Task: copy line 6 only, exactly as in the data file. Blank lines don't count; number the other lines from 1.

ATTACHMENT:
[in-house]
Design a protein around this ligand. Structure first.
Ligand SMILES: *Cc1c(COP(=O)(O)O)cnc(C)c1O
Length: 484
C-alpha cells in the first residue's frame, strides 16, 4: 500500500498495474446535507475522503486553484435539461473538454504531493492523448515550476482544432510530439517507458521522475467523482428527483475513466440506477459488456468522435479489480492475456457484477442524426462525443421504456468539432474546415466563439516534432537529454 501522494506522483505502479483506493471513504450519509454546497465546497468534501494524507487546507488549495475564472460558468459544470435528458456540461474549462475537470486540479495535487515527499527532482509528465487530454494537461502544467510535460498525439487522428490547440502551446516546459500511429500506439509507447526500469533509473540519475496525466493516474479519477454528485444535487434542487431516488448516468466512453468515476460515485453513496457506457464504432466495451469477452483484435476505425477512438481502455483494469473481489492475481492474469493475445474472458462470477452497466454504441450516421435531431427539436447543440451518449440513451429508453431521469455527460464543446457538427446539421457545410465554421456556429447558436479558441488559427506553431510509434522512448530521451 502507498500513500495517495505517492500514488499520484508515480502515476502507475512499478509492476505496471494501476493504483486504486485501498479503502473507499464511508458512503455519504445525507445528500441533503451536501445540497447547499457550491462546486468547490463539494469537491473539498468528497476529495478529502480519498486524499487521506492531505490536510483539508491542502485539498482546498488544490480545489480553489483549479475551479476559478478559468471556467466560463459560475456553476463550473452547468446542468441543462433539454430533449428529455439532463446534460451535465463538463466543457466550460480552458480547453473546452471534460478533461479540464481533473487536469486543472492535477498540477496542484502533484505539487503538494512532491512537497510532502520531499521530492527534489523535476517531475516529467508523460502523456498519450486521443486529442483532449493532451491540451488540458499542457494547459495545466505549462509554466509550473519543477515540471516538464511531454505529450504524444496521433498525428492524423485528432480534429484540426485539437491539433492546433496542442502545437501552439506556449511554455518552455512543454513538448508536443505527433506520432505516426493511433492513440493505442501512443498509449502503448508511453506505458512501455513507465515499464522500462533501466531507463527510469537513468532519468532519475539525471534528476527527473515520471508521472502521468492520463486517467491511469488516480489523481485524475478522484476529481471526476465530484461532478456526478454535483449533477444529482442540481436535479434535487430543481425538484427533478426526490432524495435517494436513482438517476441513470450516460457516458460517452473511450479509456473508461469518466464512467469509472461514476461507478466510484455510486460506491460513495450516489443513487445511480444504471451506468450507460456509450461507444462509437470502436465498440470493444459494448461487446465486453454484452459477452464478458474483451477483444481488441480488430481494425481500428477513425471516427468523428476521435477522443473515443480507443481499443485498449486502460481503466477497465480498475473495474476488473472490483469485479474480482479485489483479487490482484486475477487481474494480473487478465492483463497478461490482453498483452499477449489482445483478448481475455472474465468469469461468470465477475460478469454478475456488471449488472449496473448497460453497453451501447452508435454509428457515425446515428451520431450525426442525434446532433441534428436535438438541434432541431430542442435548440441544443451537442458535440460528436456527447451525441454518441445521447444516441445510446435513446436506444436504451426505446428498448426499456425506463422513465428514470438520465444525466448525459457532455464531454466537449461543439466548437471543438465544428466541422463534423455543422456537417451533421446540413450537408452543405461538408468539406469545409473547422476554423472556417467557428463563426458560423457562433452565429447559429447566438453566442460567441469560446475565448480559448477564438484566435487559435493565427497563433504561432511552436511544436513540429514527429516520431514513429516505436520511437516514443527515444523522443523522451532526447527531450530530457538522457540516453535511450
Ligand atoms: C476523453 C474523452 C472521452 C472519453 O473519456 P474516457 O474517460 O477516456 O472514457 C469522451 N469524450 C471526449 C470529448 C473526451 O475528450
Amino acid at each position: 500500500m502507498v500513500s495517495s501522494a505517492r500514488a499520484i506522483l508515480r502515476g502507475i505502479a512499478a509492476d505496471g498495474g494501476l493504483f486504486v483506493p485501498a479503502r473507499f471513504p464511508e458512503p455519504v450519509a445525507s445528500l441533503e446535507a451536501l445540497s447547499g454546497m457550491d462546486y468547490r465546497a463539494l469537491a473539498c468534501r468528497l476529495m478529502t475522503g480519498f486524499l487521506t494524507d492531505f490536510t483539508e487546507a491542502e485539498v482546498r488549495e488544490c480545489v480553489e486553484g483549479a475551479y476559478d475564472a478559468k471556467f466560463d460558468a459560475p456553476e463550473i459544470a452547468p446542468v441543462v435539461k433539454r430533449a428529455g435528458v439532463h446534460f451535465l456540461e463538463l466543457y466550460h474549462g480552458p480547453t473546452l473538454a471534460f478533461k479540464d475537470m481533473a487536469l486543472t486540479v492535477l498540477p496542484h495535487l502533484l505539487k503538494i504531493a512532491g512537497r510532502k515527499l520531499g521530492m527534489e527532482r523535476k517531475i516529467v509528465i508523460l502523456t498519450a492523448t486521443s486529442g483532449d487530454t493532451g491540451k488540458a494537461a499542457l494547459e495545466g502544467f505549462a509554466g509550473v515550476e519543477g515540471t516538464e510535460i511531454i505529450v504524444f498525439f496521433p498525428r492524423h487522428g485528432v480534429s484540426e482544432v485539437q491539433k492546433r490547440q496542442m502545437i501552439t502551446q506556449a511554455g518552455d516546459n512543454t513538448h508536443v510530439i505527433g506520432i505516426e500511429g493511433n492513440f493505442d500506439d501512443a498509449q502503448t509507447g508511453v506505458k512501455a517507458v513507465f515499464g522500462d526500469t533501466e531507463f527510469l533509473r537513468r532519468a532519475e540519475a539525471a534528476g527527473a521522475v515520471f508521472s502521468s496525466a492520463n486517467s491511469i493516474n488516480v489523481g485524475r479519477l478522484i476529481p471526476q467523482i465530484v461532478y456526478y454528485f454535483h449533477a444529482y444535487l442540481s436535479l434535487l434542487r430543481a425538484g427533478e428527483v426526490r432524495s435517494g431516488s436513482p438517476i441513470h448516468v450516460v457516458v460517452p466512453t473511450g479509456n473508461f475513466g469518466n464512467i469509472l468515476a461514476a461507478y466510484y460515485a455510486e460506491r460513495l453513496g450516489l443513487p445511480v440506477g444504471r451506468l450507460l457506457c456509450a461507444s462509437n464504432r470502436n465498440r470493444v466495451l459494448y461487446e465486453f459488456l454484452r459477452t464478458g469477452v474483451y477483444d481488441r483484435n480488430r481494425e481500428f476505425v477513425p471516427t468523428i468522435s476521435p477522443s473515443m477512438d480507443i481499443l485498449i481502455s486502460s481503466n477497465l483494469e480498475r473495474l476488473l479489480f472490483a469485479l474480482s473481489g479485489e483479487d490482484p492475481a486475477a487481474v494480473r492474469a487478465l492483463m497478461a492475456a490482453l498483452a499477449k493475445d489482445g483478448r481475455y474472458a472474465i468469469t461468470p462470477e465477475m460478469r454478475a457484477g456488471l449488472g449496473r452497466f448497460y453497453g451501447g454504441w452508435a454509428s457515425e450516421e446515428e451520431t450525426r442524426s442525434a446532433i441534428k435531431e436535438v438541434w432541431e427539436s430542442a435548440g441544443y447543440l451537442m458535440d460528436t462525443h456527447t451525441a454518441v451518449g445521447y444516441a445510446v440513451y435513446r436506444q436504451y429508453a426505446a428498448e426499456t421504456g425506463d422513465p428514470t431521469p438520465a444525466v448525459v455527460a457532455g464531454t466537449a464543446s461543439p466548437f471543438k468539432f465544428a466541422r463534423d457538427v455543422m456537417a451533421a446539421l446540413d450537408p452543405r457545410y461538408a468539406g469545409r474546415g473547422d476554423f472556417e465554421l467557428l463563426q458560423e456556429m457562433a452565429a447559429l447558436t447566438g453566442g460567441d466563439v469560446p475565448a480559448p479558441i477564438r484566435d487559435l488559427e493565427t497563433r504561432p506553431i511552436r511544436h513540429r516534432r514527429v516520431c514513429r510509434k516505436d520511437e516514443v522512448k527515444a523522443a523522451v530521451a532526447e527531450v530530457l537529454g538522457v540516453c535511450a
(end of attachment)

Ligand atoms: C476523453 C474523452 C472521452 C472519453 O473519456 P474516457 O474517460 O477516456 O472514457 C469522451 N469524450 C471526449 C470529448 C473526451 O475528450